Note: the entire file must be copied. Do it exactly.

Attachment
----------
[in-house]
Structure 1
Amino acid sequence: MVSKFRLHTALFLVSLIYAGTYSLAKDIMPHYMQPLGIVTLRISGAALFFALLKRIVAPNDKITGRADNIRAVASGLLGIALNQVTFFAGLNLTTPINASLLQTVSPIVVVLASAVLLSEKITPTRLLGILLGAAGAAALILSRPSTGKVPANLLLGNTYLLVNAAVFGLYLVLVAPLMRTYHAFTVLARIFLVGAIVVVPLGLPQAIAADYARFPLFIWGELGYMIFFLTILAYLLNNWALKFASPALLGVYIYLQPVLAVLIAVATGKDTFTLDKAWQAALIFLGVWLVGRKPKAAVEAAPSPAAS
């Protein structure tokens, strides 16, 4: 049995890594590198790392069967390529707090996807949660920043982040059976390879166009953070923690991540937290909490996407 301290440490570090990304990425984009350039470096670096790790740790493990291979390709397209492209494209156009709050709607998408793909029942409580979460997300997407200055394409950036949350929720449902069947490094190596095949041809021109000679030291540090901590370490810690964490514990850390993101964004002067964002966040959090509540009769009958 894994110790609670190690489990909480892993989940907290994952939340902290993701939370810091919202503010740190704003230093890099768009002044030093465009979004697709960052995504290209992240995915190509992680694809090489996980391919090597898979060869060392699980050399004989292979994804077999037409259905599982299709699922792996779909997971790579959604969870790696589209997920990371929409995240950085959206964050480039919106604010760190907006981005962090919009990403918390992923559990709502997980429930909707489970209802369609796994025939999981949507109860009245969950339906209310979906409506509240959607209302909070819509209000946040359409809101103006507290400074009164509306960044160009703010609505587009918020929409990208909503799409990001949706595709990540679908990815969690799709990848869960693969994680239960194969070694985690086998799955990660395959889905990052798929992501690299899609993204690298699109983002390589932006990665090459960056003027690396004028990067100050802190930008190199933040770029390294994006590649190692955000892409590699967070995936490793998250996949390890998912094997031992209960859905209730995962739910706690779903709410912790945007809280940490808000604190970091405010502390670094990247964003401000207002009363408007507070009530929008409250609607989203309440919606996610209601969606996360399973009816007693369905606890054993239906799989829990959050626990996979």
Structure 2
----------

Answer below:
[in-house]
Structure 1
Amino acid sequence: MVSKFRLHTALFLVSLIYAGTYSLAKDIMPHYMQPLGIVTLRISGAALFFALLKRIVAPNDKITGRADNIRAVASGLLGIALNQVTFFAGLNLTTPINASLLQTVSPIVVVLASAVLLSEKITPTRLLGILLGAAGAAALILSRPSTGKVPANLLLGNTYLLVNAAVFGLYLVLVAPLMRTYHAFTVLARIFLVGAIVVVPLGLPQAIAADYARFPLFIWGELGYMIFFLTILAYLLNNWALKFASPALLGVYIYLQPVLAVLIAVATGKDTFTLDKAWQAALIFLGVWLVGRKPKAAVEAAPSPAAS
């Protein structure tokens, strides 16, 4: 049995890594590198790392069967390529707090996807949660920043982040059976390879166009953070923690991540937290909490996407 301290440490570090990304990425984009350039470096670096790790740790493990291979390709397209492209494209156009709050709607998408793909029942409580979460997300997407200055394409950036949350929720449902069947490094190596095949041809021109000679030291540090901590370490810690964490514990850390993101964004002067964002966040959090509540009769009958 894994110790609670190690489990909480892993989940907290994952939340902290993701939370810091919202503010740190704003230093890099768009002044030093465009979004697709960052995504290209992240995915190509992680694809090489996980391919090597898979060869060392699980050399004989292979994804077999037409259905599982299709699922792996779909997971790579959604969870790696589209997920990371929409995240950085959206964050480039919106604010760190907006981005962090919009990403918390992923559990709502997980429930909707489970209802369609796994025939999981949507109860009245969950339906209310979906409506509240959607209302909070819509209000946040359409809101103006507290400074009164509306960044160009703010609505587009918020929409990208909503799409990001949706595709990540679908990815969690799709990848869960693969994680239960194969070694985690086998799955990660395959889905990052798929992501690299899609993204690298699109983002390589932006990665090459960056003027690396004028990067100050802190930008190199933040770029390294994006590649190692955000892409590699967070995936490793998250996949390890998912094997031992209960859905209730995962739910706690779903709410912790945007809280940490808000604190970091405010502390670094990247964003401000207002009363408007507070009530929008409250609607989203309440919606996610209601969606996360399973009816007693369905606890054993239906799989829990959050626990996979």
Structure 2